NEWARK — After hearing angry commuters sound off about a summer filled with cancellations of trains, officials of New Jersey Transit, the nation’s second busiest railroad, admitted on Wednesday that they had let their customers down.
“Over the past week or so, we have not been able to dependably offer the level of service that we hoped for,” Kevin Corbett, executive director of the statewide transit agency, said at a meeting of New Jersey Transit’s board of directors in Newark.
But along with that admission came a warning that will not make riders happy: The shortages of trains and the engineers to drive them could persist into the fall. “Although I hate to say it, these are issues that won’t be solved overnight,” Mr. Corbett said.
New Jersey’s transportation commissioner, Diane Gutierrez-Scaccetti, said the directors were considering ways of helping to ease the pain for transit riders but had not considered offering discounts or refunds to customers, many of whom pay more than $ 400 a month.
“We jumped into a firestorm in January,” said Ms. Gutierrez-Scaccetti, an appointee of New Jersey’s governor, Philip D. Murphy, a Democrat, who was elected in November and took office at the start of the year. “There’s stuff coming at us from multiple directions, and we’re doing the best we can to address all of it.”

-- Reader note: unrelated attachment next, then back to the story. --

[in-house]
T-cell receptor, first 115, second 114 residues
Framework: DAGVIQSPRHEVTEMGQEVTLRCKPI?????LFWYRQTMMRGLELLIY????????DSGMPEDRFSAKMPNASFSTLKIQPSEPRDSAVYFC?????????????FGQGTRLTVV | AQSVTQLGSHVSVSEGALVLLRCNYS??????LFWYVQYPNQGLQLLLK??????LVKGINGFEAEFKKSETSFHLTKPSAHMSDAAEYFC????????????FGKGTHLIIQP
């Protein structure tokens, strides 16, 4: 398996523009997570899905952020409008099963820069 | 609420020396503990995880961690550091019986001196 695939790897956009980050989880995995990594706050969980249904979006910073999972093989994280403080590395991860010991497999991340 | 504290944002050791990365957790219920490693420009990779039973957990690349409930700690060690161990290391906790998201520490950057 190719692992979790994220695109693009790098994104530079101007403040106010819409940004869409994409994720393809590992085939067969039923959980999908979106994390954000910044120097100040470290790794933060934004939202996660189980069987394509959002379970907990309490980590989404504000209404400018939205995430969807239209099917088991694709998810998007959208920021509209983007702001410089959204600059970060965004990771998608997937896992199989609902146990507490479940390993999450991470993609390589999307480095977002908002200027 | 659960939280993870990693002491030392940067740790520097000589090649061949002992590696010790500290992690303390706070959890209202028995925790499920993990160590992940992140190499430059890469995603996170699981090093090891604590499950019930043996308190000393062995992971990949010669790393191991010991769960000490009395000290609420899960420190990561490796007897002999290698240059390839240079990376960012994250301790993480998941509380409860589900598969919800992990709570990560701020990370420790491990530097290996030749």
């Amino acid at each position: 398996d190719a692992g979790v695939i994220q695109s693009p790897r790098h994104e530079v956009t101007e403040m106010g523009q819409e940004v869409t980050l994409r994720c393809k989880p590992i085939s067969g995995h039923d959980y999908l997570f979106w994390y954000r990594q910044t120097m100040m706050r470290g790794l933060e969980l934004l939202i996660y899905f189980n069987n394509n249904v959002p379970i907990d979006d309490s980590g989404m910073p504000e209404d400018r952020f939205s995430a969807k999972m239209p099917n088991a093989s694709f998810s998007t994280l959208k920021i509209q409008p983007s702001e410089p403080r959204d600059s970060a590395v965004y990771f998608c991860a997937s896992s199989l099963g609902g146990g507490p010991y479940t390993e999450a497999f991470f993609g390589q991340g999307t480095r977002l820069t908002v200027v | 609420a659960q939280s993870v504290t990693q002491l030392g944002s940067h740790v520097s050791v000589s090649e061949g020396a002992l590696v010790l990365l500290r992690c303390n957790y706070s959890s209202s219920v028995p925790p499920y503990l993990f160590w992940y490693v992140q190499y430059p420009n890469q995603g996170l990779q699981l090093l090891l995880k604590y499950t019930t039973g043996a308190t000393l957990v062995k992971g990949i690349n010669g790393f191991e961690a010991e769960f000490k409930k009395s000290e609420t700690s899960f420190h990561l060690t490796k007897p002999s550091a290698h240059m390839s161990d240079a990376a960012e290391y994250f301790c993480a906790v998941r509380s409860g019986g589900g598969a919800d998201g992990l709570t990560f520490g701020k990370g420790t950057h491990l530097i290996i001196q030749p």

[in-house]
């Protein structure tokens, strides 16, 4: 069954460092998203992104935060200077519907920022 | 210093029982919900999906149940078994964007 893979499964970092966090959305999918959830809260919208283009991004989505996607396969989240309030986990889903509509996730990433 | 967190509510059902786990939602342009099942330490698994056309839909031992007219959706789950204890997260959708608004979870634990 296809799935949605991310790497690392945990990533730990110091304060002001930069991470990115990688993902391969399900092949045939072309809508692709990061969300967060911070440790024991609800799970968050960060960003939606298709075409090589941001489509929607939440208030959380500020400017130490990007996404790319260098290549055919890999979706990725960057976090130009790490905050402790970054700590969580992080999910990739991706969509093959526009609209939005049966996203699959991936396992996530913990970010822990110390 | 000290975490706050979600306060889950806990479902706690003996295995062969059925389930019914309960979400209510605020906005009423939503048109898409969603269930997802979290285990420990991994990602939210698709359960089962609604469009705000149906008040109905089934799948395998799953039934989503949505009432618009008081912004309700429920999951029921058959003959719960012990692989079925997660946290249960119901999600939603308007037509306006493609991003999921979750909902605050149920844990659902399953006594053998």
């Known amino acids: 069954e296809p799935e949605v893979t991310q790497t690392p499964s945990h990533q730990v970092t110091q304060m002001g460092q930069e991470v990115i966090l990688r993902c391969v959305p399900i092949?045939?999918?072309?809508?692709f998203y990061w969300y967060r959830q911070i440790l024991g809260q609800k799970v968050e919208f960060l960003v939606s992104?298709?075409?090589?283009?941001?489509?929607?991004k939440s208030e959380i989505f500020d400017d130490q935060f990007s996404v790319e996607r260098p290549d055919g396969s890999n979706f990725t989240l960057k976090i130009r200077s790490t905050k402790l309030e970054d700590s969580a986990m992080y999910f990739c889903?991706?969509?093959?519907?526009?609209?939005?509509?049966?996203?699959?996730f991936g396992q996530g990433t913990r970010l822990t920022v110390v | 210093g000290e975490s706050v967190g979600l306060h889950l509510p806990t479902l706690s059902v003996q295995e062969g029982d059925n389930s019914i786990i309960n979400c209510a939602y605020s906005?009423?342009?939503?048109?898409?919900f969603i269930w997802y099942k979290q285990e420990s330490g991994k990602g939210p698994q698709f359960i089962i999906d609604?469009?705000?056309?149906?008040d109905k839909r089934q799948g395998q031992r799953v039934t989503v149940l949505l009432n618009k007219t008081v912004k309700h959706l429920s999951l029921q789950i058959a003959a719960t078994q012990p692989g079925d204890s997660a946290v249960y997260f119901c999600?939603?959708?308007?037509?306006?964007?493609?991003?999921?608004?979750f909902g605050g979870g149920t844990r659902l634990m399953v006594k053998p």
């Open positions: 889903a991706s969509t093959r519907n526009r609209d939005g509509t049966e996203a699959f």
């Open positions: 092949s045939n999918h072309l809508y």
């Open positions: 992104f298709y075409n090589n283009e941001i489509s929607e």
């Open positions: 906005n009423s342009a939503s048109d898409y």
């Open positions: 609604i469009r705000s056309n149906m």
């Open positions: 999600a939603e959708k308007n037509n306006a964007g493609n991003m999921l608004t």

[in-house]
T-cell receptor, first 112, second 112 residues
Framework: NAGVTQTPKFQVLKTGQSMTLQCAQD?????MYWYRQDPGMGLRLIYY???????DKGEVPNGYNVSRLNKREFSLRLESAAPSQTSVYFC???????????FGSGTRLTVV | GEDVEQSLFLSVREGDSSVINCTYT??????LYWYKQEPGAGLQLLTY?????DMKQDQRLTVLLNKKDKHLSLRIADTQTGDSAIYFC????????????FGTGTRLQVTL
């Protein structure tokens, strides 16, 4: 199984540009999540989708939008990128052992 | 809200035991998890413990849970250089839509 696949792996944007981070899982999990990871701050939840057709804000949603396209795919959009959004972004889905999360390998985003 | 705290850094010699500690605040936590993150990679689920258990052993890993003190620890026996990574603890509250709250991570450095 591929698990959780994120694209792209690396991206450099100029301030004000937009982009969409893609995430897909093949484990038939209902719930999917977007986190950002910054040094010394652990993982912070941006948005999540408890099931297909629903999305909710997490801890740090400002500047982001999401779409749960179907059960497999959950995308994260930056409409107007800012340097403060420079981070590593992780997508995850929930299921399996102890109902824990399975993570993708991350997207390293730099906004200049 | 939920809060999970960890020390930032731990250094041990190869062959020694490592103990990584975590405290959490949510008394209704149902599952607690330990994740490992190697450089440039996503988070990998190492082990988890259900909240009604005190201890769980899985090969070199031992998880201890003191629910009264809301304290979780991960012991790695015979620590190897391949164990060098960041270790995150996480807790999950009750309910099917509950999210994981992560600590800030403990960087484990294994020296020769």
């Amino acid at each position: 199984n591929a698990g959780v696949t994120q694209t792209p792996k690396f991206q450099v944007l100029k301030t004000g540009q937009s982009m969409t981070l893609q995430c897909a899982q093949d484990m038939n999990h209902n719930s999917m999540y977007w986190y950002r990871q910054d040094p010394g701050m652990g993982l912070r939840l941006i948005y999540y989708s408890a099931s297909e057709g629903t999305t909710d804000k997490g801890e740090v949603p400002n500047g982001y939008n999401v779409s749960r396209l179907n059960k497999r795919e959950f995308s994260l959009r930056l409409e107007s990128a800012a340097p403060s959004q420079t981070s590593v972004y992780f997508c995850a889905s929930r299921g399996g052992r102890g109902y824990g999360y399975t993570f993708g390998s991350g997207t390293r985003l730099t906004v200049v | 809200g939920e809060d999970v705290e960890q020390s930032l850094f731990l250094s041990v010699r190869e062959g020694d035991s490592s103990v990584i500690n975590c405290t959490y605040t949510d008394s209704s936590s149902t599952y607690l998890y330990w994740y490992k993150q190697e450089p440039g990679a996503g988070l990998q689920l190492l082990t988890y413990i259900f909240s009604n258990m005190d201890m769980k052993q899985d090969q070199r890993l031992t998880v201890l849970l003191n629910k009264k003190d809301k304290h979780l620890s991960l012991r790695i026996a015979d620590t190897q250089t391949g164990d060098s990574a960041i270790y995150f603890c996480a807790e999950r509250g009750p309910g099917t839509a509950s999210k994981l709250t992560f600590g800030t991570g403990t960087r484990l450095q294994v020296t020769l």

Mr. Murphy, who was returning on Wednesday from a family vacation in Italy, was scheduled to meet with Mr. Corbett in Newark on Wednesday to discuss New Jersey Transit’s troubles. As a candidate, Mr. Murphy blamed the agency’s deteriorating performance on his Republican predecessor, Chris Christie, and he vowed to spend more money to improve the service.
Mr. Corbett said that Mr. Murphy understands the bind the agency is in and that it will take a long time to fix its problems. “Phil gets it,” he said. “He understands there’s no magic wand.”
On Wednesday, the directors approved a $ 2.32 billion operating budget for the 2019 fiscal year that includes an increase in state aid that will allow New Jersey Transit to increase its work force by 114 workers, including some additional engineers, Mr. Corbett said.
Last week, New Jersey Transit announced that it would temporarily shut down its southernmost rail line, which runs between Atlantic City and Philadelphia, in September, and redeploy crews to other lines. Mr. Corbett called that a “drastic action,” but added that the line carries fewer than 2,000 of the transit system’s more than 900,000 daily riders.
Ms. Gutierrez-Scaccetti and Mr. Corbett, who was also appointed by Mr. Murphy, were responding to a crisis of the agency’s own making. It has been losing engineers, to retirement and other railroads with higher pay, much faster than it has replaced them, Mr. Corbett said. That failure has left the railroad without enough of them, particularly in the summer, when some are on vacation and others take unscheduled days off.